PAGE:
code for almost any microprocessor (several of which I've never heard
of), Java classes --- that's right full blown interactive Java
disassembly, which, as reverser+ says, is the future of cracking!  (5)
Names, labels, etc. can be changed on the fly so that you can
gradually accumulate and save more and more information about the
target (working the fields, as I like to think of it).  (6)  Comments
can be added.  There are undoubtedly more features that I am leaving
out, but you get the idea.  In other words, this is __the__
disassembling tool for our trade.  Combined with SoftICE and
BoundsChecker (more on the power of BoundsChecker below), no target is
safe any more (not that they had been safe howhever :-)  


II.  What's disabled in the demo version

(1) It expires on Jan 1, 1998
(2) It cannot load files larger than 64k
(3) It cannot load saved databases (project files)
(4) It cannot produce list (.lst) or asm source files

Limitation 
(1) will prove, as you might have expected, to be trivial to crack.  

(2) is the biggest issue.  The size limitation makes the
demo almost useless as it is.  Cracking this limitation is the main
objective for this discussion.  

(3) would be very nice to crack, but perhaps long and hard if the 
loading code is simply not present in the demo (I think, however, 
that it is).  
There are two big problems this limitation (3) creates:  
(a) IDA's power comes at a price---it's slow, so it would be nice 
not to have to have it redisassemble with every session.  
(b) Any comments or name changes, etc. will not be accessible after 
you quit a session.  
Problem (b), fortunately, is avoidable, because the demo will let you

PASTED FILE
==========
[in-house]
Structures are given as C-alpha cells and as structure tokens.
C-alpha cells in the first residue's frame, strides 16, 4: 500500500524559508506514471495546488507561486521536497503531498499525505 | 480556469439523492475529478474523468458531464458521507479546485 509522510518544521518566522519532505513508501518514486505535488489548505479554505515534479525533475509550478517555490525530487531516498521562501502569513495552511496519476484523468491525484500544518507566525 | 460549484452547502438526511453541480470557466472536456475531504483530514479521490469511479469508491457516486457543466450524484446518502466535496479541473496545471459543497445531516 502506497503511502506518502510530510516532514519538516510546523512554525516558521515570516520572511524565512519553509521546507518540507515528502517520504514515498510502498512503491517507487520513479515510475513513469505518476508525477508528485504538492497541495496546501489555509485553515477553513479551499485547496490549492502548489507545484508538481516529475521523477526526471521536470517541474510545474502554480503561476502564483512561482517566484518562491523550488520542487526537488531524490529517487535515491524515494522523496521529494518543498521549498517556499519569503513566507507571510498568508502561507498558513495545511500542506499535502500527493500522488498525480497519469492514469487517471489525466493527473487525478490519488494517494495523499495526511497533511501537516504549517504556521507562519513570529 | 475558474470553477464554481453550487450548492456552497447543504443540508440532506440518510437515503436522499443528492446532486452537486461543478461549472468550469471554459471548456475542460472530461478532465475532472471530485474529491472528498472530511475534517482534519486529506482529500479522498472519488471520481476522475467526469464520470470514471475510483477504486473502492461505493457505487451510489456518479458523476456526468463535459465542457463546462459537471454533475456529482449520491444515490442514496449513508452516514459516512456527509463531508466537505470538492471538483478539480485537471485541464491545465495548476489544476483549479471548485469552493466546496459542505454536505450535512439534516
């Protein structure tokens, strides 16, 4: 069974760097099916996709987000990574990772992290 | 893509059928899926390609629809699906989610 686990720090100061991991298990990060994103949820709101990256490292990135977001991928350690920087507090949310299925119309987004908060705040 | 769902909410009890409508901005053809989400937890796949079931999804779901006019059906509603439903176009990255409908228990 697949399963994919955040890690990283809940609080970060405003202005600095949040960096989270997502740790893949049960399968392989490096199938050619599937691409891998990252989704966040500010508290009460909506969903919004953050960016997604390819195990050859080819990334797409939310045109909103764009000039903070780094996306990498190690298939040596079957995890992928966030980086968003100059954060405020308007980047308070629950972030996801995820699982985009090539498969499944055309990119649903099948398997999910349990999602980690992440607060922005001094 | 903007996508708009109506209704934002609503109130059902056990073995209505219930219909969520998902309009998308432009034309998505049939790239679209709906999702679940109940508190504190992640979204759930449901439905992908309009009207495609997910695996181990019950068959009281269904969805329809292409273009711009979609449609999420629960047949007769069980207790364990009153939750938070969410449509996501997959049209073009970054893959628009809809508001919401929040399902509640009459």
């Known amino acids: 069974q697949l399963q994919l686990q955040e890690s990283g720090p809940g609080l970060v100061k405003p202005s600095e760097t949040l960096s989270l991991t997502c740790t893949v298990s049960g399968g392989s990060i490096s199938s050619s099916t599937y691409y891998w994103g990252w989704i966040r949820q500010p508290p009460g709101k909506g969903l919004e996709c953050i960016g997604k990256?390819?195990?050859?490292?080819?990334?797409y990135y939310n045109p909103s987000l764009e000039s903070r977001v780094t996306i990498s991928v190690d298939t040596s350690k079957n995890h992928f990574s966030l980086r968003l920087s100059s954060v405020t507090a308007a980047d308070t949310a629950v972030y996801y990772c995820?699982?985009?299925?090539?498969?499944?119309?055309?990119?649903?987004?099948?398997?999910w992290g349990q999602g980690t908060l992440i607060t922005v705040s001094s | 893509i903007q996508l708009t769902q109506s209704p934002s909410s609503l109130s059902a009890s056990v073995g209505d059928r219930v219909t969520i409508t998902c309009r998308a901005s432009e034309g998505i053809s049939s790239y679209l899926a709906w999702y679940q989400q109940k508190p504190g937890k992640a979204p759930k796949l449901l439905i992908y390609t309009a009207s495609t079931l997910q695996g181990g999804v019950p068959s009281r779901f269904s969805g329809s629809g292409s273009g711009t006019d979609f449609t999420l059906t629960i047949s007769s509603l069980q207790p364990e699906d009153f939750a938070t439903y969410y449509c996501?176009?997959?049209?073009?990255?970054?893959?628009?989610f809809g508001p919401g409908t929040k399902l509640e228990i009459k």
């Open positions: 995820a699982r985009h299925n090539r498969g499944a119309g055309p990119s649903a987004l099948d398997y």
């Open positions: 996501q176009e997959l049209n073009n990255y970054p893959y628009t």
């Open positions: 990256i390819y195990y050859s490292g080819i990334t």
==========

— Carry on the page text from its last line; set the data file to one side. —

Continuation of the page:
create a macro file (a file with an idc extension) that records all 
of your changes which can be reloaded and run for future sessions.  

(4) I consider to be the least important because looking at a dumb 
listing in a text editor is a pale comparison to viewing it in the 
IDA environment.  It might be fun, though, to try to produce compilable 
asm files from targets.  Now, on to the good stuff.


III.  Cracking the 64k file size limitation

I will be concerned with the win32 version of IDA.  This version is
run by executing the idaw.exe file.  This file is quite small and does
nothing more than load ida.wll [sic], which is a large dll that does
most of the work.  This is the file that needs cracking.  The other
files with w32 extensions are the various disassembler modules.
pc.w32 is the modules to handle x86 code.  When you start idaw, it
loads ida.wll (hereinafter simply referred to as ida), which asks you
which file you want to disassemble.  ida determines which module to
load based on the file type and then hands control over to that
module.  The disassembly module then drives execution for the rest of
the session, calling functions in ida where necessary.  This is a
brilliant design, because it allows the programmer to quite easily add
modules for completely different file types without having to rewrite
the whole program (witness the Java module.  One would think Java
disassembly is so different from x86 disassembly that the two could
not happily co-exist in one environment).  ida is responsible for
loading the file and for all subsequent file i/o along with a lot of
other things, so let's start by loading ida.wll into w32dasm (I spoke
harshly of w32dasm above and that was unfair.  I do have a fondness
for it---however, now that I have a useable IDA Pro, I will never go
back to it :-).

The first thing to do is find the place where IDA decides that a file
bigger 64k is too big.  Our first bet might be to look for the text of
the message that pops up when you try to open a file that is too big:
"The demo version..."  Unfortunately it is not in the list of strings
w32dasm provides for ida.wll.  So, I used UltraEdit32 to do a file
search through the entire idademo directory for the string in
question.  It turns out to be in a file called ida.hlp (which is not a
Windows help file, but is in a proprietary format).

Looking at ida.hlp with a hex editor (it's not strictly an ASCII file)
we see that the strings are zero-terminated and appear to be prefixed
with a word which gives their length.  Also, at the beginning of the